NEW YORK (September 26, 2011) – Research in science, technology, engineering, and mathematics (STEM) is critical as the nation addresses key challenges in healthcare, the environment, national security and the economy. One problem, however, is that there is an inadequate supply of college graduates excelling in these fields.
Dr. Freeman A. Hrabowski, III, president of the University of Maryland, Baltimore County (UMBC), offers practical and scalable solutions to that problem in a new policy paper released by The McGraw-Hill Research Foundation. In the paper, Institutional Change in Higher Education: Innovation and Collaboration, Hrabowski discusses how his institution has addressed the shortage of STEM graduates, particularly among groups that have been underrepresented in these fields, including minorities, women, and students from low-income backgrounds. UMBC has been recognized widely as a leader in higher education innovation. For three years in a row, the U.S. News and World Report America’s Best Colleges Guide has ranked the university number one among “Up-and-Coming” national universities.
Hrabowski explains how UMBC’s Meyerhoff Scholars Program has developed over the past two decades, earning recognition as a national model for preparing research scientists and engineers. UMBC has become the nation’s leading predominantly white institution for producing African-American bachelor’s degree graduates who go on to complete STEM Ph.D.s. The Meyerhoff Program targets high-achieving minority students who are committed to pursuing advanced degrees and research careers in STEM fields, with special emphasis on minority participation and performance.
To help meet the growing demand for STEM experts nationwide and encourage institutional change, Hrabowski urges colleges and universities to:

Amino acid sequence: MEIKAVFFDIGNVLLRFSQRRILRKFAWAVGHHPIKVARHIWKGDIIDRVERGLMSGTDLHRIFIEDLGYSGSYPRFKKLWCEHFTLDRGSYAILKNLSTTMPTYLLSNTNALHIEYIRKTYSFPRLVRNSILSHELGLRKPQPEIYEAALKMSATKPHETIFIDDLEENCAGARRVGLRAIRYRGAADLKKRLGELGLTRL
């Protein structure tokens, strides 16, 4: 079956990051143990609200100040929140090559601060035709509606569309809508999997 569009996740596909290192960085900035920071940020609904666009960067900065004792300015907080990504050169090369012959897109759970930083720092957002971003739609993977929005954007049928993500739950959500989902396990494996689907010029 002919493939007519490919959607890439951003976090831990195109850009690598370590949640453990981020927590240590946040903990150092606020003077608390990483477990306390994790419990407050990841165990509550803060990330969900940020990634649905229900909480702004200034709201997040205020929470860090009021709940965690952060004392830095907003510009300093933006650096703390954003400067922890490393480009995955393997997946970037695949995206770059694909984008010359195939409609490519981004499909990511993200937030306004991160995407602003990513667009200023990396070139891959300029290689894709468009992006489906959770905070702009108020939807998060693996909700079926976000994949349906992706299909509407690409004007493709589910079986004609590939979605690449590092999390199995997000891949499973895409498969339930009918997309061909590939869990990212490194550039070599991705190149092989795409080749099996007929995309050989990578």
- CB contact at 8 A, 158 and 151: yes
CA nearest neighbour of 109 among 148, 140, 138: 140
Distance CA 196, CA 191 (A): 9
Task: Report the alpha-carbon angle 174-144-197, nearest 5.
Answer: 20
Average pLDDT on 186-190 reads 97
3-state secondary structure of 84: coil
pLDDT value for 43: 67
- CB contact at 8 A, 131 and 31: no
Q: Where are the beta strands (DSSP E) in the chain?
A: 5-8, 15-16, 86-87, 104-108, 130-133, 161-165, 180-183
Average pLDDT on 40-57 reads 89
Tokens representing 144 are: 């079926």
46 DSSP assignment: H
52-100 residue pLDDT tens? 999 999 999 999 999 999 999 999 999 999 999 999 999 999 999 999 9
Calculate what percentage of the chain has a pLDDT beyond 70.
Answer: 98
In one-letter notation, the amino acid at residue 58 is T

- Establish priorities, focus on strategic planning, and emphasize effectiveness and efficiency in the use of resources;
- Reflect on their institution’s culture, taking into account school values, practices, habits, and even the relationships among faculty, staff, and students;
- Encourage the involvement of the entire campus, including faculty, administration, and students, in understanding and addressing broad retention issues and general academic performance;
- Focus on the importance of group study and other approaches that inform redesign for first-year STEM courses;
- Increase support for minority groups by providing knowledge and skill development, academic and social integration, support and motivation, and advising and monitoring; and
- Develop distinct programs and initiatives that address change needed in graduate programs.
Hrabowski shows that the framework developed through the Meyerhoff Scholars Program underlies other important programs and initiatives at UMBC that have helped create a campus climate of inclusive excellence. Hrabowski will discuss the paper’s themes as a featured speaker at the third annual Innovation in Education Summit in New York City on September 28, 2011. Sponsored by The McGraw-Hill Research Foundation, the event brings together thought leaders to discuss critical issues and trends and their impact on today’s education environment.
Hrabowski has served as UMBC’s president since 1992.In addition to co-founding the Meyerhoff Scholars Program, he has authored numerous articles and co-authored two books, which are used by universities, school systems and community groups around the country. Hrabowski was named one of America’s Best Leaders by U.S. News & World Report, received the TIAA-CREF Theodore M. Hesburgh Award for Leadership Excellence, and was named one of America’s 10 Best College Presidents by TIME magazine.
To download a copy of “Institutional Change in Higher Education: Innovation and Collaboration,” click here.
About The McGraw-Hill Research Foundation
The Foundation was established with the support of The McGraw-Hill Companies. It was incorporated on July 16, 2010, as a Delaware non-profit and is in the process of applying to the Internal Revenue Service for tax-exempt status as a 501(c)(3) organization.